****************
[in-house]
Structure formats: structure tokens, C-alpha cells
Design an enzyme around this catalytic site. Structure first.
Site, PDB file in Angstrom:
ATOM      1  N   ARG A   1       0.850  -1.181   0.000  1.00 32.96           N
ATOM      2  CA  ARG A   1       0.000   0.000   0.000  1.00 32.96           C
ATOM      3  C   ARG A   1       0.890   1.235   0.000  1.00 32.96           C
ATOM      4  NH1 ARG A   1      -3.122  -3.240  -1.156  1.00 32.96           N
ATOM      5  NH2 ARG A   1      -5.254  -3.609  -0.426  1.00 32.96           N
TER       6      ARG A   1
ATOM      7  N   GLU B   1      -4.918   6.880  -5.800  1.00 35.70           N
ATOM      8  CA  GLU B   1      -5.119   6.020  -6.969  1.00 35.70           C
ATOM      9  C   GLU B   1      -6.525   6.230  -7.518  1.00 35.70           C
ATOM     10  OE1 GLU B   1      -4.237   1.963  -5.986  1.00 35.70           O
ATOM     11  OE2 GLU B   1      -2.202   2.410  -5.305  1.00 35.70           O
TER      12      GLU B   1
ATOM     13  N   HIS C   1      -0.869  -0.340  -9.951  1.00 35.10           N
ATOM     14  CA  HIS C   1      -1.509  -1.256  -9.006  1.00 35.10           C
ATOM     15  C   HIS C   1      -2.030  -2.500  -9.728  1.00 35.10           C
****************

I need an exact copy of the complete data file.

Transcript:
[in-house]
Structure formats: structure tokens, C-alpha cells
Design an enzyme around this catalytic site. Structure first.
Site, PDB file in Angstrom:
ATOM      1  N   ARG A   1       0.850  -1.181   0.000  1.00 32.96           N
ATOM      2  CA  ARG A   1       0.000   0.000   0.000  1.00 32.96           C
ATOM      3  C   ARG A   1       0.890   1.235   0.000  1.00 32.96           C
ATOM      4  NH1 ARG A   1      -3.122  -3.240  -1.156  1.00 32.96           N
ATOM      5  NH2 ARG A   1      -5.254  -3.609  -0.426  1.00 32.96           N
TER       6      ARG A   1
ATOM      7  N   GLU B   1      -4.918   6.880  -5.800  1.00 35.70           N
ATOM      8  CA  GLU B   1      -5.119   6.020  -6.969  1.00 35.70           C
ATOM      9  C   GLU B   1      -6.525   6.230  -7.518  1.00 35.70           C
ATOM     10  OE1 GLU B   1      -4.237   1.963  -5.986  1.00 35.70           O
ATOM     11  OE2 GLU B   1      -2.202   2.410  -5.305  1.00 35.70           O
TER      12      GLU B   1
ATOM     13  N   HIS C   1      -0.869  -0.340  -9.951  1.00 35.10           N
ATOM     14  CA  HIS C   1      -1.509  -1.256  -9.006  1.00 35.10           C
ATOM     15  C   HIS C   1      -2.030  -2.500  -9.728  1.00 35.10           C